Outbound from Dover on the MSC Lirica on 20 May 2009. This ship is very clean and comfortable with excellent staff covering all our needs. The ship's shows were good and catered for all walks of life. On the sea days the entertainment was good, particularly the fruit carving and the jewellery talks by the manager of the jewellery shop. One criticism was the price of the drinks on board - cocktails 6.90 euros, large beer 4.80 euros, soft drinks 2.50 euros, cheapest bottle of wine 19 euros, which compared to fred.olsen prices was astronomic. Also you are restricted to eating in the main restaurant on an evening unless you want to eat pizza. We found this quite restrictive as we were on 1st sitting at 18.30 hours which was a rush after being ashore all day. According to the news page on the MSC website, the English had been catered for by providing free tea and coffee 24 hours a day. However, this was not the case as there was never any milk after 8pm.On our way to Fjords, we called at Bremerhaven. This is not a picturesque port of call and we were surprised that the ship did not have Hamburg on the itinerary instead. The cruise terminal is at least 2 miles from the city centre, although the ship did provide a shuttle service for 9 euros. We can only suggest that you take this option to the main train station and get a train to Bremen which is an hour away and the trains run every hour.As we travelled out of season for Norway, we found that in the northern ports of call in Norway - Olden and Geiranger, the public transport was not running as it did not start until mid June. This meant that people on board are forced to take the expensive excursions provided by the ship if they are not prepared to walk anywhere. However, if you want to go the view point overlooking the harbour in Geiranger, there is a local bus trip for one hour from the tourist information office which costs 200 krone. Norway is a very expensive country to eat and drink out and a cruise is definitely the best option for seeing this beautiful country, thus limiting the need to purchase food and drink ashore. However, knowing what we know now, we would have waited until June to take this cruise.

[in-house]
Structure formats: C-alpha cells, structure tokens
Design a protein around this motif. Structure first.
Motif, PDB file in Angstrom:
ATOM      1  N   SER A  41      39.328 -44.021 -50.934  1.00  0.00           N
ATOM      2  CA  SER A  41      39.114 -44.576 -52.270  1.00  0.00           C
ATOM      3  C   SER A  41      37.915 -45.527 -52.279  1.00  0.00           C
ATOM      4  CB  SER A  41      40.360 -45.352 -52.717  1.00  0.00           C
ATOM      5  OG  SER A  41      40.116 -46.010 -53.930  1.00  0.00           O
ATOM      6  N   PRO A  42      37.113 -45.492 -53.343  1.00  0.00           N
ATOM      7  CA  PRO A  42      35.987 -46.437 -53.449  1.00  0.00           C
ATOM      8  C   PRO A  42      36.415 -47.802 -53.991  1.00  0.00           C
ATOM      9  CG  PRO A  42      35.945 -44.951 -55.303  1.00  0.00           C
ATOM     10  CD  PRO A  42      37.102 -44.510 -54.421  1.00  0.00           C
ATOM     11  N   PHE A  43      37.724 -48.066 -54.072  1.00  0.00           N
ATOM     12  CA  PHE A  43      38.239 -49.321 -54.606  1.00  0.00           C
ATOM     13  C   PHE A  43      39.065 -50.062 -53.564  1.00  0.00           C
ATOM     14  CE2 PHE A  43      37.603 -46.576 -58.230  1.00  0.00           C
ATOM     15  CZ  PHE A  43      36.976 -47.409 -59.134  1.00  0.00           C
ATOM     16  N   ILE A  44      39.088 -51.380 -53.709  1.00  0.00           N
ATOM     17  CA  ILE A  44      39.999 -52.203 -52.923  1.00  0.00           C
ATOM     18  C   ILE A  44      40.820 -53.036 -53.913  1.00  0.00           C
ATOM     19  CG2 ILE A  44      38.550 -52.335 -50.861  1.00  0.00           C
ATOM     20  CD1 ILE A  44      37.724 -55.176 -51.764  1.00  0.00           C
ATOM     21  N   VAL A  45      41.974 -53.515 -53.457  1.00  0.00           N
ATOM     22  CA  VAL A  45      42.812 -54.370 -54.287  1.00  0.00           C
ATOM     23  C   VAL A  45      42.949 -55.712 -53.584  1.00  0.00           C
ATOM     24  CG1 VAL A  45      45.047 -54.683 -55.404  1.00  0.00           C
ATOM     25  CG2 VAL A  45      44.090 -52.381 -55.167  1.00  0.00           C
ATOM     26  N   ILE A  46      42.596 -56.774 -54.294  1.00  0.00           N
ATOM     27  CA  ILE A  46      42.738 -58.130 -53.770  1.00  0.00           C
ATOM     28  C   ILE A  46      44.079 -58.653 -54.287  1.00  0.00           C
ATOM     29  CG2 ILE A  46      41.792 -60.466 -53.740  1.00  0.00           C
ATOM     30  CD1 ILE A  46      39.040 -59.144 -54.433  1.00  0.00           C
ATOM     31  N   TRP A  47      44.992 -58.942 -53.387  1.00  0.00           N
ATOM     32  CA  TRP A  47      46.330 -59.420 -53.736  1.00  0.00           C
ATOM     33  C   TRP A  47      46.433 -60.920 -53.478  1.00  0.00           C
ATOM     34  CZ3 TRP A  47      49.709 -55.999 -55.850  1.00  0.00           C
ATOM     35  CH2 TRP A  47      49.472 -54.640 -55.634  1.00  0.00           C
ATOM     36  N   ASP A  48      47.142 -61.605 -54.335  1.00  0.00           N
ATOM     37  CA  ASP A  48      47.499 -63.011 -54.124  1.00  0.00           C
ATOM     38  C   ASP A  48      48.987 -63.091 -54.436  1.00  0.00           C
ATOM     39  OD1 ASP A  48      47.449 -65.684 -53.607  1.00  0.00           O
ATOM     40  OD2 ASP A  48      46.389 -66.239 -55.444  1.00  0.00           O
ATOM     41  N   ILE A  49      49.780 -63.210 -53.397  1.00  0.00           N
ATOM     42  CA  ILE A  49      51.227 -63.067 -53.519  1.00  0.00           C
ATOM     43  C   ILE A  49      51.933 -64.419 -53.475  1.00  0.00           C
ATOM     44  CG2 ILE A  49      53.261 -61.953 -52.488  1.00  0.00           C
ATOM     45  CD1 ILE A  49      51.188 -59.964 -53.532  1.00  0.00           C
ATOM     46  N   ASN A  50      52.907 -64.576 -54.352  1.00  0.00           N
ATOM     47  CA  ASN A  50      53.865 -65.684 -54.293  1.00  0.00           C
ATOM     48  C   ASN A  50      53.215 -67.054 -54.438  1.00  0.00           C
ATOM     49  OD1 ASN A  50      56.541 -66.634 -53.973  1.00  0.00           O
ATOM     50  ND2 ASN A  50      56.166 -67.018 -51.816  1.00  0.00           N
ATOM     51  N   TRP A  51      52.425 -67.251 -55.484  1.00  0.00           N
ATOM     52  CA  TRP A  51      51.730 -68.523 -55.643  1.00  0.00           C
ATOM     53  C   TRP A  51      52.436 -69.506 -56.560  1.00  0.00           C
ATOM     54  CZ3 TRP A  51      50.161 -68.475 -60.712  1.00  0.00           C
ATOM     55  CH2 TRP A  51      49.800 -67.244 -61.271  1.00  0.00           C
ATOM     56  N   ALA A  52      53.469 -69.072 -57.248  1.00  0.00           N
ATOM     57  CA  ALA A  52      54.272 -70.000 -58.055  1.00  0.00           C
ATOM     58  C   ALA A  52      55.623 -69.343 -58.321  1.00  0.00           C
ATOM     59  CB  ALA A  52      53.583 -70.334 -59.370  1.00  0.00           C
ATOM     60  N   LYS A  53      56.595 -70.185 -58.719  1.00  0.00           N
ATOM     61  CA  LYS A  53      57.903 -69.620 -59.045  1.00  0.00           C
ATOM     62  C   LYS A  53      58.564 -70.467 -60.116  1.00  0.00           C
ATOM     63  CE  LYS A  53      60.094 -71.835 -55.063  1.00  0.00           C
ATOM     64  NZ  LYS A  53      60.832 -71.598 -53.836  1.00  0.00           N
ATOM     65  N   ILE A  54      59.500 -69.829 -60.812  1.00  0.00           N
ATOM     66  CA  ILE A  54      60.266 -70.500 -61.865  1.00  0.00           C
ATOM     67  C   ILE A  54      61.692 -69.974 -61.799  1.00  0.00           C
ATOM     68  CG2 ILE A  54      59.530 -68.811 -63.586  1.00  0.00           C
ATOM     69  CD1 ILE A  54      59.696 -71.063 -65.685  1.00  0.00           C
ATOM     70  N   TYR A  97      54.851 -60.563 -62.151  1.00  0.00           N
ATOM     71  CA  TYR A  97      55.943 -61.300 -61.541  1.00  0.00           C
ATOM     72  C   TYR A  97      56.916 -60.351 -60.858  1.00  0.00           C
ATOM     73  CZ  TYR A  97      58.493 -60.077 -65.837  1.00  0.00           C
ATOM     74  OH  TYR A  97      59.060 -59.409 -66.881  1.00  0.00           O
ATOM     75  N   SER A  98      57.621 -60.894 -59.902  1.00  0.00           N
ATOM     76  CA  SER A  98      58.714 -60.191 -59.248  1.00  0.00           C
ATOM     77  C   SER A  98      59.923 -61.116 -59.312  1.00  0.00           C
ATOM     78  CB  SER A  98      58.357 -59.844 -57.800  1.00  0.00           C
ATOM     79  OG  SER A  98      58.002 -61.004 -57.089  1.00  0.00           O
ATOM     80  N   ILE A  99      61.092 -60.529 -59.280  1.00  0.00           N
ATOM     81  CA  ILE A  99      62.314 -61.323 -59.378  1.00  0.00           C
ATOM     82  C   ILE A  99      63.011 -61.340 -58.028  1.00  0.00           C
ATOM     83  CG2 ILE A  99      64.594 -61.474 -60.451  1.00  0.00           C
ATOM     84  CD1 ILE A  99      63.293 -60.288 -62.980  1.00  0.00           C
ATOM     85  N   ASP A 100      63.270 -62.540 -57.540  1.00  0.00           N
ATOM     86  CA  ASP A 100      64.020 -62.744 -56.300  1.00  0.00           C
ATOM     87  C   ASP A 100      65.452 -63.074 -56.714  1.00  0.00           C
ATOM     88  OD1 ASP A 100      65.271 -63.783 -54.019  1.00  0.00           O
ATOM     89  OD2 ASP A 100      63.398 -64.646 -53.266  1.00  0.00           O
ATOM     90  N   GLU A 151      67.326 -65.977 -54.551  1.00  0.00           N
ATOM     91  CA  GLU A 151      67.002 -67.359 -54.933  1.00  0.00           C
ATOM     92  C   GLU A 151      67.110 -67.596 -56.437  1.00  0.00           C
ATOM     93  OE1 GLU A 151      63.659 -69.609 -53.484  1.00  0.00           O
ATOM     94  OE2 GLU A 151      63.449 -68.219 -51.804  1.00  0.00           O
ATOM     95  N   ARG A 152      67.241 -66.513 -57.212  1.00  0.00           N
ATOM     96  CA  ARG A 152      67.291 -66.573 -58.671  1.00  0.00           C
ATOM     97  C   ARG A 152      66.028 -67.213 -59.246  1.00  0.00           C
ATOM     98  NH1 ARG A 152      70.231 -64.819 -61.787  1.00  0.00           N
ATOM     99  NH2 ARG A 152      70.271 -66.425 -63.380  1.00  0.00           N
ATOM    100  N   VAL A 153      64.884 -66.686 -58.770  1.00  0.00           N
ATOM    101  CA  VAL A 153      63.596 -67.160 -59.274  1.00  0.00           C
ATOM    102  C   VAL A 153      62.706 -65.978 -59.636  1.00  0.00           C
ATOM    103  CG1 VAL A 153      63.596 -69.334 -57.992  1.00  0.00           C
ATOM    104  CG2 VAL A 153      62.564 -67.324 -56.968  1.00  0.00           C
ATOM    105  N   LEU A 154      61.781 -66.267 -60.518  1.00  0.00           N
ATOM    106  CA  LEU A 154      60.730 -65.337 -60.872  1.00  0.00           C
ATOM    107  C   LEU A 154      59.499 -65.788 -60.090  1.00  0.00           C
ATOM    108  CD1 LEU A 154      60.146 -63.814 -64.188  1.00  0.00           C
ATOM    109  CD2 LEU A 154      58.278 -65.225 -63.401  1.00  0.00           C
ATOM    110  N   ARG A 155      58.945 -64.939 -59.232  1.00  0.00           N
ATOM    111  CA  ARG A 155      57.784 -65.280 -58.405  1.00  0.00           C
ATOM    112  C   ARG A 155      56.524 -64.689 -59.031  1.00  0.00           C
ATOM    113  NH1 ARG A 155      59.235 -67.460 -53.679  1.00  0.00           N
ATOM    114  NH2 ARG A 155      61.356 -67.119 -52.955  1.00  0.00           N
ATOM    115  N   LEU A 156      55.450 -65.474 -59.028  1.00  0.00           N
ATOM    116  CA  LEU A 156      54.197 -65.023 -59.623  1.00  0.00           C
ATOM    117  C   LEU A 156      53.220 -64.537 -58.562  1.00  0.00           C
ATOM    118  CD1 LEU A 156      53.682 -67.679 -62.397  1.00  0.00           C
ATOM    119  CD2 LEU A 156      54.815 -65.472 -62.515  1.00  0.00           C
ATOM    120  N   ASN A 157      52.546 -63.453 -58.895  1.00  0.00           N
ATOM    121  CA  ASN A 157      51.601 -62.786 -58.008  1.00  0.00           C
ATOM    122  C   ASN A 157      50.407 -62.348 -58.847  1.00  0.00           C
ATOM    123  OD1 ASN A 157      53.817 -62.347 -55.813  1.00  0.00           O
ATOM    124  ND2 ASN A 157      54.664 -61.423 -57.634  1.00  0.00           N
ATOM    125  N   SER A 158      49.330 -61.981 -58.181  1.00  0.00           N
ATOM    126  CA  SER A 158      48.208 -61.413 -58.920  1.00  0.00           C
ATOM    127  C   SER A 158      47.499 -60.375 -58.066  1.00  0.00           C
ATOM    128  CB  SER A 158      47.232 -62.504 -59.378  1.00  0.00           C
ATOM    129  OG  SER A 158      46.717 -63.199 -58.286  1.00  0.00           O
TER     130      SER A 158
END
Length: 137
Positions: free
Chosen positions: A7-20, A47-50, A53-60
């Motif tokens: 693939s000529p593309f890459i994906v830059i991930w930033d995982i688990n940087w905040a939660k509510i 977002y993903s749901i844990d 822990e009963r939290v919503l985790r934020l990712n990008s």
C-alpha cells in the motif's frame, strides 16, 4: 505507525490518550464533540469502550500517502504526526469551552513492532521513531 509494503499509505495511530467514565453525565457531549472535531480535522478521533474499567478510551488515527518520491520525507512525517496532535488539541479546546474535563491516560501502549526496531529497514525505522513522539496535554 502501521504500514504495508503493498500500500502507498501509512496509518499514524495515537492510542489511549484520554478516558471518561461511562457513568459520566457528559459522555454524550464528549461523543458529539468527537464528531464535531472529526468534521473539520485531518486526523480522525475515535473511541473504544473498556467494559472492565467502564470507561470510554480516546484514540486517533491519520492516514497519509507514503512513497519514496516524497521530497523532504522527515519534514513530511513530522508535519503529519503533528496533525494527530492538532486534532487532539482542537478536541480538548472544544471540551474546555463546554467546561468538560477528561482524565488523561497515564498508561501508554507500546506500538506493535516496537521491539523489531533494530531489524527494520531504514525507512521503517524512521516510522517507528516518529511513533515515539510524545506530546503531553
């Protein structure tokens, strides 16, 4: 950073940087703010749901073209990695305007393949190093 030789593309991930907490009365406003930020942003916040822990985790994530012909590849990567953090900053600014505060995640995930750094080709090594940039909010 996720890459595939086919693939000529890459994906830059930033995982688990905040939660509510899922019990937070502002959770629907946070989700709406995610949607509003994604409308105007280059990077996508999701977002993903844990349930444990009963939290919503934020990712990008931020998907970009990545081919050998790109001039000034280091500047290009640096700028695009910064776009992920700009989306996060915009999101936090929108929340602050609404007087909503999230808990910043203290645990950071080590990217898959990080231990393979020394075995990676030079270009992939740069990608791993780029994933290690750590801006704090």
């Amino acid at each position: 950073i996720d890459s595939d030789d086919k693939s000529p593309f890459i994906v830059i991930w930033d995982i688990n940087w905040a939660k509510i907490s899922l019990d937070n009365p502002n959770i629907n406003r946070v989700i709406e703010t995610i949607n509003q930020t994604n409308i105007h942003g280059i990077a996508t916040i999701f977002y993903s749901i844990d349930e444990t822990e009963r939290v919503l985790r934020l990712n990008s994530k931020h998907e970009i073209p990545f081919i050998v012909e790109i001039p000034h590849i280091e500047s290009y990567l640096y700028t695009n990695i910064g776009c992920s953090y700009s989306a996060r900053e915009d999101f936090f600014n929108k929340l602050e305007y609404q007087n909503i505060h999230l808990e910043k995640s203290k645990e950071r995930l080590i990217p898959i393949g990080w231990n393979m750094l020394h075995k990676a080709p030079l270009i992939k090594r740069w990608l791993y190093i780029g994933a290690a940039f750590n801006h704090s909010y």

Cabin staff took excellent care of us, however the bow thrust propellers woke us up when berthing, the only day when we didn;t get this was when the anchor was dropped which was even louder. However, we were glad we were not lower down in this forward area of the ship as the noise must be worse there.
The cruise terminal is in an excellent location, only 10 miniutes walk away from Central Station where you can access all forms of public transport - buses, trams and boat trips. A walk around the red light district and is a must and perfectly safe during the day, also a boat trip on the canals. The cheaper trips are located opposite the sex museum on the dam rak.
Small harbour village with very little to do except shop, however there is a train ride from Flam to Myrdal in the mountains (about 900m). This is well worth the trip but costs 330 krone which at this altitude enabled us to play snowballs in May. The fjord views are spectacular.
Bergen is now a modern fishing port and gives the opportunity to visit the fish market and sample their fish and chips (if you can afford it). The funicular from the city centre affords a lovely view from the top and is worth the trip. Bergen is currently restoring the old wooden harbour buildings (The Bryggen) which are definitley worth a wander around.
Oslo is a large modern city with plenty of cultural things to see and do. The ship docks in the main harbour which is 5 minutes walk from the centre. If you are going to do all the sites it is worth getting an all day travel ticket which is valid on buses, train and the ferry to the museums. You can buy the ticket in the tourist information office which is on the quayside or in a 7 - 11 shop for 65 krone. Vigeland park with its numerous erotic sculptures is well worth a few photographs and the tram number 12 takes you straight there.The Kontiki museum, the polar museum and the Fram museum are all located in the same area and accessed by ferry from the quayside. Further museums ie the Viking museum and folk museum are a short bus ride away from the Kontiki museum. A walk down the Karl Johans Gate from the Royal Palace to the Parliament buildings gives a flavour of Oslo life.